COLUMN: Assault continues on private ownership

Why is it that taxpayers must always be on guard against those we elect to represent us, yet are supposedly in that position to serve...

Why is it that taxpayers must always be on guard against those we elect to represent us, yet are supposedly in that position to protect and serve our best interests.

A year or so ago I appeared before council to protest a subdivision creating some 70 lots. Not that I was against the project per se, but the methods by which the city would allow it to proceed.

The city told the developer there was no city water available from the nearby main since it did not “own” the line or the water. To create the subdivision the city required the developer to dig wells.

Those wells would have drained the aquifer that supplied water to my property and those of my neighbours. I objected, and a few weeks later the city “discovered” it actually did own its water main, and the water within it. There was sufficient volume to accommodate a thousand more homes.

The developer got the nod to hook up to city water and our aquifer was protected. We had to fight for that, and the developer had to eat some $300,000 wasted on unnecessary wells.

Then there is the tree protection bylaw, followed by the demand that rural property owners pay to clean the city’s ditches.

The tree bylaw is now being heavily modified, but is still not needed since tree protection is already available through subdivision bylaws and development permits.

For the moment, ditch cleaning is in abeyance.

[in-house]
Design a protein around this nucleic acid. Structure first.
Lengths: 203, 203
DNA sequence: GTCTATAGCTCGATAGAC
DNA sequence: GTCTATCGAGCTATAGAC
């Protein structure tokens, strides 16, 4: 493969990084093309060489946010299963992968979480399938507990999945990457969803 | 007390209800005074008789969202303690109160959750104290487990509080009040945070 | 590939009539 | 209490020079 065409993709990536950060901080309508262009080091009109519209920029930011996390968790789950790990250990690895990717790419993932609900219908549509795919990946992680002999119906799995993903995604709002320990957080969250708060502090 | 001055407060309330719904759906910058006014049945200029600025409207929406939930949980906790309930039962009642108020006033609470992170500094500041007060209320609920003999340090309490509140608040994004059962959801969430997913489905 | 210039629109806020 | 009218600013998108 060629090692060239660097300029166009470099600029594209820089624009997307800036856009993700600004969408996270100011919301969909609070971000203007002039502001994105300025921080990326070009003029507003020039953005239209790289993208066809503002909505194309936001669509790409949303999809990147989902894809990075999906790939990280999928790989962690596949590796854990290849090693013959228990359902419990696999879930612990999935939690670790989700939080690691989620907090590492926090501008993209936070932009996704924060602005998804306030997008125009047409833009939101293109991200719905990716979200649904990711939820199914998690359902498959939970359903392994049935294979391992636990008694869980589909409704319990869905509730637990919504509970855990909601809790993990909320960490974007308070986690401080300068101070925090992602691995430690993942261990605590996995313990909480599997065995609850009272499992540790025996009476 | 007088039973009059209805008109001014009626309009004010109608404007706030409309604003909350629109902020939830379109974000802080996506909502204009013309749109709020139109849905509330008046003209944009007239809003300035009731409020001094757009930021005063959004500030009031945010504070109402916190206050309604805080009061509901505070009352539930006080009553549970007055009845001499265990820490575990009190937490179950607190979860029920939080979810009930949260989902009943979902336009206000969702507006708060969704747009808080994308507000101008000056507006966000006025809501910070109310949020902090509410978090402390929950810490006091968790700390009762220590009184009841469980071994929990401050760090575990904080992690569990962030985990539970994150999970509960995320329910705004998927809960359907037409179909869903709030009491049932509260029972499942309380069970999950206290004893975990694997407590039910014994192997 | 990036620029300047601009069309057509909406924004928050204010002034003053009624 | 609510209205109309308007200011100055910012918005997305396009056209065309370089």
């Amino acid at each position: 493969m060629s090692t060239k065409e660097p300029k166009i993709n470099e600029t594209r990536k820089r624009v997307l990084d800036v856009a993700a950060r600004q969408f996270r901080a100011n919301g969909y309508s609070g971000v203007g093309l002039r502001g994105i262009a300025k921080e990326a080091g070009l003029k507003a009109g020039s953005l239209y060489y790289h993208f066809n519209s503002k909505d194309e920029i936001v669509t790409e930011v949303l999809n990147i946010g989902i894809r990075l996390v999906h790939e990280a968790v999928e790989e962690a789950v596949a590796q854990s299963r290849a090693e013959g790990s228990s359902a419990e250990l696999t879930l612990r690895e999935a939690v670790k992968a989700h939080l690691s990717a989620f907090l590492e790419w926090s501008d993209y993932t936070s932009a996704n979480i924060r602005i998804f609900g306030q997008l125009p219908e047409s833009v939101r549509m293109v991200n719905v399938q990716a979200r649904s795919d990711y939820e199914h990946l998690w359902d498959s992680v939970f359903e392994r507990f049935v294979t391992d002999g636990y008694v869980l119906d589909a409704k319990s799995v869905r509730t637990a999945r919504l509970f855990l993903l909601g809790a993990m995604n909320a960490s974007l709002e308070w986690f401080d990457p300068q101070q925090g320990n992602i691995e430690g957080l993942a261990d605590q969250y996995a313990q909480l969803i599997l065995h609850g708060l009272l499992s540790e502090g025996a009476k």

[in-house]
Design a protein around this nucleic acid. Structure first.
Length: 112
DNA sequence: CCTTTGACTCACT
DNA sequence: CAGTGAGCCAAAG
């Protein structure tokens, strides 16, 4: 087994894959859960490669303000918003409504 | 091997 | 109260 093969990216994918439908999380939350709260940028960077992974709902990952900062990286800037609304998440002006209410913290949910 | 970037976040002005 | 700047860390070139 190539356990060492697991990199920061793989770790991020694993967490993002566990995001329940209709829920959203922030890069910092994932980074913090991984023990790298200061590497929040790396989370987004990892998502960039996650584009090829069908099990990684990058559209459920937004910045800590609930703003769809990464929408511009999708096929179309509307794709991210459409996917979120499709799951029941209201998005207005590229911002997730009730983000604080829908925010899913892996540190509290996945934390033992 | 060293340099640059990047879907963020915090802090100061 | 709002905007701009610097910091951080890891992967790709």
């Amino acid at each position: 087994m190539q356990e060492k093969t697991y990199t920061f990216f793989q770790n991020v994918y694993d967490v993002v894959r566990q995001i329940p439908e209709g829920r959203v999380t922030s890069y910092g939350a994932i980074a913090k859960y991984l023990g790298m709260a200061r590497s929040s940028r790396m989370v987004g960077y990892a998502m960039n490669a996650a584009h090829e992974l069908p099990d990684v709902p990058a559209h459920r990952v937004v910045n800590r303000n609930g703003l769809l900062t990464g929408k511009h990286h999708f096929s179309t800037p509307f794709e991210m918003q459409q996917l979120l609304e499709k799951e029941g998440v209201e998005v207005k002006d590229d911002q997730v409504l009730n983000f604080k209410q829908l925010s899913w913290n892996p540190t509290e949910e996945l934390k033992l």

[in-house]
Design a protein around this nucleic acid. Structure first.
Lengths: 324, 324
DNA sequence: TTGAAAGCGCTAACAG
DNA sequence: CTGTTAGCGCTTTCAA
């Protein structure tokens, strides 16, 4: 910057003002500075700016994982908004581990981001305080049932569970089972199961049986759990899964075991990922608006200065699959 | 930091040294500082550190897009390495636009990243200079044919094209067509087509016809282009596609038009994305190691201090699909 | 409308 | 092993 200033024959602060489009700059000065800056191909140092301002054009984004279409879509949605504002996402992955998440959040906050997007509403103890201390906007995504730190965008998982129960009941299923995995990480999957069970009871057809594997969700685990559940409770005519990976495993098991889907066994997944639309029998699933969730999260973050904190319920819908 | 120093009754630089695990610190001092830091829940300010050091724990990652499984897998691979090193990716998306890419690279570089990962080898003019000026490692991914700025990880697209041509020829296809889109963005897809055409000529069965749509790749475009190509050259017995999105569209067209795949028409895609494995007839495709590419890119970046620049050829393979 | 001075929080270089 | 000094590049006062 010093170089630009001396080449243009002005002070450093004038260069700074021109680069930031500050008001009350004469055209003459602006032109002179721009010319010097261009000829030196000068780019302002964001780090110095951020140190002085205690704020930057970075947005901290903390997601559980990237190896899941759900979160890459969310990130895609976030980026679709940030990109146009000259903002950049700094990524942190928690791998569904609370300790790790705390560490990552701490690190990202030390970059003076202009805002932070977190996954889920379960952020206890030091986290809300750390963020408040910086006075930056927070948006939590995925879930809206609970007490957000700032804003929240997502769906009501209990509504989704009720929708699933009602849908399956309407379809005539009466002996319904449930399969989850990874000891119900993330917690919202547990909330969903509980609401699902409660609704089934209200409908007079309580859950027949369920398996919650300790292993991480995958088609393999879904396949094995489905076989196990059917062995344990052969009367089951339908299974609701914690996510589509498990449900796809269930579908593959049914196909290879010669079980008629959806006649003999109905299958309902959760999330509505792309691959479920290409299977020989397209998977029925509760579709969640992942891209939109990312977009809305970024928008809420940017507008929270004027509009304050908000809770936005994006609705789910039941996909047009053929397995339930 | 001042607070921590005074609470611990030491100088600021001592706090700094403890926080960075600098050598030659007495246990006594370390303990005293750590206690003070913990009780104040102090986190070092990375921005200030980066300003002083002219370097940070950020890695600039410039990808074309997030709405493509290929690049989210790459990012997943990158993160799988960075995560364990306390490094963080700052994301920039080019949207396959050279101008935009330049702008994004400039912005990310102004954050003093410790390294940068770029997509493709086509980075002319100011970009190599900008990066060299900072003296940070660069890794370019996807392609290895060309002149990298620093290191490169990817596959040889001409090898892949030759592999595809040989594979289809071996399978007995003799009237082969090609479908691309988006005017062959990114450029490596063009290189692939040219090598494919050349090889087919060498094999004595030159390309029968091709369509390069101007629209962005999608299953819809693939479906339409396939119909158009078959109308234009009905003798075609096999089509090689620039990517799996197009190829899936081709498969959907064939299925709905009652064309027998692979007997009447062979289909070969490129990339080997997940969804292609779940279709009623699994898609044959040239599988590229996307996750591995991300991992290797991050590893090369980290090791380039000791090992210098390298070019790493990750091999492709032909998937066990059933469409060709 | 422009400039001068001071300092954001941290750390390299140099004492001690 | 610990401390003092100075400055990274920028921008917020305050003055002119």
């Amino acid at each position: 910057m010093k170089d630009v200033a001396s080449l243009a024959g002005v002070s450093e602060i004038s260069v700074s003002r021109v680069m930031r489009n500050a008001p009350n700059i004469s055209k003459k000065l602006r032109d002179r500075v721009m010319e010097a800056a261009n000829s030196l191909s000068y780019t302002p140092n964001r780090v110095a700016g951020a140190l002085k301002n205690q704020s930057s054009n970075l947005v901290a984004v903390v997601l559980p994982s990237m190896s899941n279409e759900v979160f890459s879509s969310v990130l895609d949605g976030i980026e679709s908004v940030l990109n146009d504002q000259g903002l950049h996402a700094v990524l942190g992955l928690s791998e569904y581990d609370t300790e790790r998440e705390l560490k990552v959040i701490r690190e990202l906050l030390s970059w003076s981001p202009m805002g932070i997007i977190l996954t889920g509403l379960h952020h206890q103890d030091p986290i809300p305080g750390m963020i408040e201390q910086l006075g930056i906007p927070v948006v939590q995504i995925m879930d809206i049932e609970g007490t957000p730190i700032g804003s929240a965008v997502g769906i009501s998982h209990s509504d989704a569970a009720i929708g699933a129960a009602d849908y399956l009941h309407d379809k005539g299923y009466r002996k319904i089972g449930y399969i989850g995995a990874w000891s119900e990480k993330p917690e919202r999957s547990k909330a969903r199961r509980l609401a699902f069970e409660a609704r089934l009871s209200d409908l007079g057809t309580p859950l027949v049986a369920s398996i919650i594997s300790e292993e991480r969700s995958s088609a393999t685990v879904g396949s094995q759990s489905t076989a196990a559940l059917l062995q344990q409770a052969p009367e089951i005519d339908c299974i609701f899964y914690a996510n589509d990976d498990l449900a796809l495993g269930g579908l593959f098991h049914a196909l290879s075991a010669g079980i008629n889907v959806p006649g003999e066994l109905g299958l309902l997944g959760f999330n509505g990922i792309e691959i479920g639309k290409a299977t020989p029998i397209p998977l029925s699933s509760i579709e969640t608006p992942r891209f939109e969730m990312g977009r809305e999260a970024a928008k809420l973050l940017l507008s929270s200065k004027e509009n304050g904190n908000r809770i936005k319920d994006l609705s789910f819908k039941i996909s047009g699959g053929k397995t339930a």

Yet the city continues its assault on ownership. Tonight, July 31, Sumas Mountain residents will face a plan to convert much/most of the private land on the mountain into wildlife preserves, public recreation areas and “sensitive” habitat.

Though the city claims “all existing land uses will be allowed to continue” try building on your own property a house within, or a fence across, a wildlife corridor. Sorry, not allowed!

What the advocates of a green agenda at city hall do not appear to understand is that adjacent to the private lands on Sumas Mountain is 10,000 acres of public land – Crown land. The city already owns an additional 400 or more acres of park land on the mountain, and Metro Vancouver parks owns another 160 acres.

You would think that much land, more than 100 Stanley Parks, would be sufficient to create public recreation land, protect wildlife and preserve sensitive habitat.

But no, they want all the private land too.

Perhaps, looking eastward from the fifth floor of city hall, councillors see this green hump on the horizon and think it all theirs. Sorry folks, but some of what you see belongs to others, and we will fight you tooth and nail to keep it.

If you want to “save” it, then come buy it (oh, right you don’t have enough money to clean our ditches, let alone buy our land).

Otherwise, adopting the plan being presented tonight is nothing less than confiscation without compensation.

Council, and staff, also seems not to understand the fact that within 20 years or so, a lot of the land on Sumas Mountain will be needed for housing.

Now won’t that be confusing for the bears who thought they had their own “corridor,” probably complete with signs informing them of such, to get from the vast chunk of Crown land area to residential areas where they will likely be, as just happened in Sandy Hill, shot.

Sensitive areas and wildlife protection can be accomplished when it is needed, or threatened, by controlling future development. The city already has a handle on that with existing powers to determine when and where such necessary items for development as water mains, sewer trunks, roads and streets are to occur.

Properties are already protected by curbs on subdivision, and by federal and provincial habitat protection laws.

Shouldn’t council, with clear direction to staff, contentrate its efforts on looking after cost controls, finding the funds to maintain current infrastructure, and ensuring our city develops properly, instead of trying to be popular by emulating the environmental bent of Vancouver?

And please, quit wasting tax money on studies that won’t fly, particularly when the area you want to “green” is immediately adjacent to 10,000 acres of government-owned wilderness.